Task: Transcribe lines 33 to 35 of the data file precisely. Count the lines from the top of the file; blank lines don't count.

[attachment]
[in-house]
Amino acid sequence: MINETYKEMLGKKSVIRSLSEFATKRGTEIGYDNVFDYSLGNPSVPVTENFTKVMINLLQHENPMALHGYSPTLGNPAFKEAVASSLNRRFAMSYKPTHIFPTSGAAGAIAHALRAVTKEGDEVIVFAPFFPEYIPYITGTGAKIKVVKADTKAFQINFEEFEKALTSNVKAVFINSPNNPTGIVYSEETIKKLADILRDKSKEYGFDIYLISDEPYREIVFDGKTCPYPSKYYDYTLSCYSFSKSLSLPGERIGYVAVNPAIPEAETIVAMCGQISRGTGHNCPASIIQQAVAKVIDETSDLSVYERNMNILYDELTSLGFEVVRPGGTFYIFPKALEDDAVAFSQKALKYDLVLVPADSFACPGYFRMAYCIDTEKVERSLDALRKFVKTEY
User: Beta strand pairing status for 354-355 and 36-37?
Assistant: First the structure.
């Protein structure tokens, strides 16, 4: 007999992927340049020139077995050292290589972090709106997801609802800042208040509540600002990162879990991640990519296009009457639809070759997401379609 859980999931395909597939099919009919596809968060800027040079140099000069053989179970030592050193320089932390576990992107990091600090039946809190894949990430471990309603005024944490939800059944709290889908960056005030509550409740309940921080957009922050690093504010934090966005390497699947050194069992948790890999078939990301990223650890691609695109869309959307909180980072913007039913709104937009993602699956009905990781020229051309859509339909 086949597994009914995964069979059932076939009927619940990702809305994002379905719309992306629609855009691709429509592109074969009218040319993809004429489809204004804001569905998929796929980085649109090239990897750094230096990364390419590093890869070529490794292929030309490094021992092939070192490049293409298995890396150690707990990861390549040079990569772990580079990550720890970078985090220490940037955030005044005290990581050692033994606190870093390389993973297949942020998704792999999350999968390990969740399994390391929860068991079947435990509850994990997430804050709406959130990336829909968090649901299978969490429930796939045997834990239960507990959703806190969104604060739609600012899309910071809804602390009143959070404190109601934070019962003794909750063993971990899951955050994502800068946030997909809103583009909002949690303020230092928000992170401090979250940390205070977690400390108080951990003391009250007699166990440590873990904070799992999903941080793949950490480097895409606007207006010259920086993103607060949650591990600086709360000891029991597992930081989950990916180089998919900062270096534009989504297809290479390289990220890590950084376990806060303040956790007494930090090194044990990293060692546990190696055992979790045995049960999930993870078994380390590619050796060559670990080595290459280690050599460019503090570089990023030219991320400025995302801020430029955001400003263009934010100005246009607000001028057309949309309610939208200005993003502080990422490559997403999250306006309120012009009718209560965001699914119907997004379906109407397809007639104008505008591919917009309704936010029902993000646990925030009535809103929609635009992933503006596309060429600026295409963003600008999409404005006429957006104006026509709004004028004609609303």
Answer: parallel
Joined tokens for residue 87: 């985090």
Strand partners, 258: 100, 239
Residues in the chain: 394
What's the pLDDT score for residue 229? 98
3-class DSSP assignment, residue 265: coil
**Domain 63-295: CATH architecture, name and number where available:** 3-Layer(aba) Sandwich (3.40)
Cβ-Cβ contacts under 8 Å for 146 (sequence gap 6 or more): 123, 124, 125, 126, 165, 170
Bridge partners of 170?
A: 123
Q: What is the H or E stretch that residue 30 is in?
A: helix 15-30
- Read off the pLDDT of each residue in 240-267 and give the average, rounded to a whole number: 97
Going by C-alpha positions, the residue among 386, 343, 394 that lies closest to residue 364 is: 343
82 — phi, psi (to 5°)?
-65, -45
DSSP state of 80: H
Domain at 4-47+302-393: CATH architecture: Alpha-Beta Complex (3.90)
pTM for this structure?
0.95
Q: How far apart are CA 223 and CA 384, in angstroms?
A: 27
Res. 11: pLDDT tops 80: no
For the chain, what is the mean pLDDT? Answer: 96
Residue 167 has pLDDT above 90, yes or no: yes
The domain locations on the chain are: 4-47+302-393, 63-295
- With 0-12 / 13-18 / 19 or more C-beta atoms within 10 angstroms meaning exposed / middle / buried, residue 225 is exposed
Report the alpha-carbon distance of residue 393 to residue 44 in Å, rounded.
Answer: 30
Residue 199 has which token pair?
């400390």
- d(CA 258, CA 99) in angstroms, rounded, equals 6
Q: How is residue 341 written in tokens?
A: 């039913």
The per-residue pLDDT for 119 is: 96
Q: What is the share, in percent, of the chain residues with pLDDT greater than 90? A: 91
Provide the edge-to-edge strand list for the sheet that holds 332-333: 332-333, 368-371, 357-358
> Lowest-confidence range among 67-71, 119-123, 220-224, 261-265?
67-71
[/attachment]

Report the alpha-carbon distance of residue 393 to residue 44 in Å, rounded.
Answer: 30
Residue 199 has which token pair?